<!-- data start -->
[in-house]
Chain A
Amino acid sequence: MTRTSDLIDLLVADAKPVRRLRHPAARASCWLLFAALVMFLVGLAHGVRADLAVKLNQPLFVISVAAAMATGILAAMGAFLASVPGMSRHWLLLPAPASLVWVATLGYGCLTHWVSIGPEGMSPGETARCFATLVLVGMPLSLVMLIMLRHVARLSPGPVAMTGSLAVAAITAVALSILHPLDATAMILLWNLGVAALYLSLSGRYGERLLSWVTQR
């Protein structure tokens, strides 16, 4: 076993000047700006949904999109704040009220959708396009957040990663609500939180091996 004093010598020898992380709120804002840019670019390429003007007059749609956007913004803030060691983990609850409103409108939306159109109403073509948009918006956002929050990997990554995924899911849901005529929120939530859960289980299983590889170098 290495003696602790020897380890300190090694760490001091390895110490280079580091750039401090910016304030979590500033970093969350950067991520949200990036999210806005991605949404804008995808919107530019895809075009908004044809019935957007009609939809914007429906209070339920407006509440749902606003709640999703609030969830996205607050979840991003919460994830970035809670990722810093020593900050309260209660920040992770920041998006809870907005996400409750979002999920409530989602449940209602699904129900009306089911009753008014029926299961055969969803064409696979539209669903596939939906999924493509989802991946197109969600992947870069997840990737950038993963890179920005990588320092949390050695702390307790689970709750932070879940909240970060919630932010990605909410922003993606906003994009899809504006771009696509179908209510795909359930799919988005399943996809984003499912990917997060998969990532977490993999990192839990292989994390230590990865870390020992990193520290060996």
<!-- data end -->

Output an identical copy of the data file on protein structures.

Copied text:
[in-house]
Chain A
Amino acid sequence: MTRTSDLIDLLVADAKPVRRLRHPAARASCWLLFAALVMFLVGLAHGVRADLAVKLNQPLFVISVAAAMATGILAAMGAFLASVPGMSRHWLLLPAPASLVWVATLGYGCLTHWVSIGPEGMSPGETARCFATLVLVGMPLSLVMLIMLRHVARLSPGPVAMTGSLAVAAITAVALSILHPLDATAMILLWNLGVAALYLSLSGRYGERLLSWVTQR
């Protein structure tokens, strides 16, 4: 076993000047700006949904999109704040009220959708396009957040990663609500939180091996 004093010598020898992380709120804002840019670019390429003007007059749609956007913004803030060691983990609850409103409108939306159109109403073509948009918006956002929050990997990554995924899911849901005529929120939530859960289980299983590889170098 290495003696602790020897380890300190090694760490001091390895110490280079580091750039401090910016304030979590500033970093969350950067991520949200990036999210806005991605949404804008995808919107530019895809075009908004044809019935957007009609939809914007429906209070339920407006509440749902606003709640999703609030969830996205607050979840991003919460994830970035809670990722810093020593900050309260209660920040992770920041998006809870907005996400409750979002999920409530989602449940209602699904129900009306089911009753008014029926299961055969969803064409696979539209669903596939939906999924493509989802991946197109969600992947870069997840990737950038993963890179920005990588320092949390050695702390307790689970709750932070879940909240970060919630932010990605909410922003993606906003994009899809504006771009696509179908209510795909359930799919988005399943996809984003499912990917997060998969990532977490993999990192839990292989994390230590990865870390020992990193520290060996």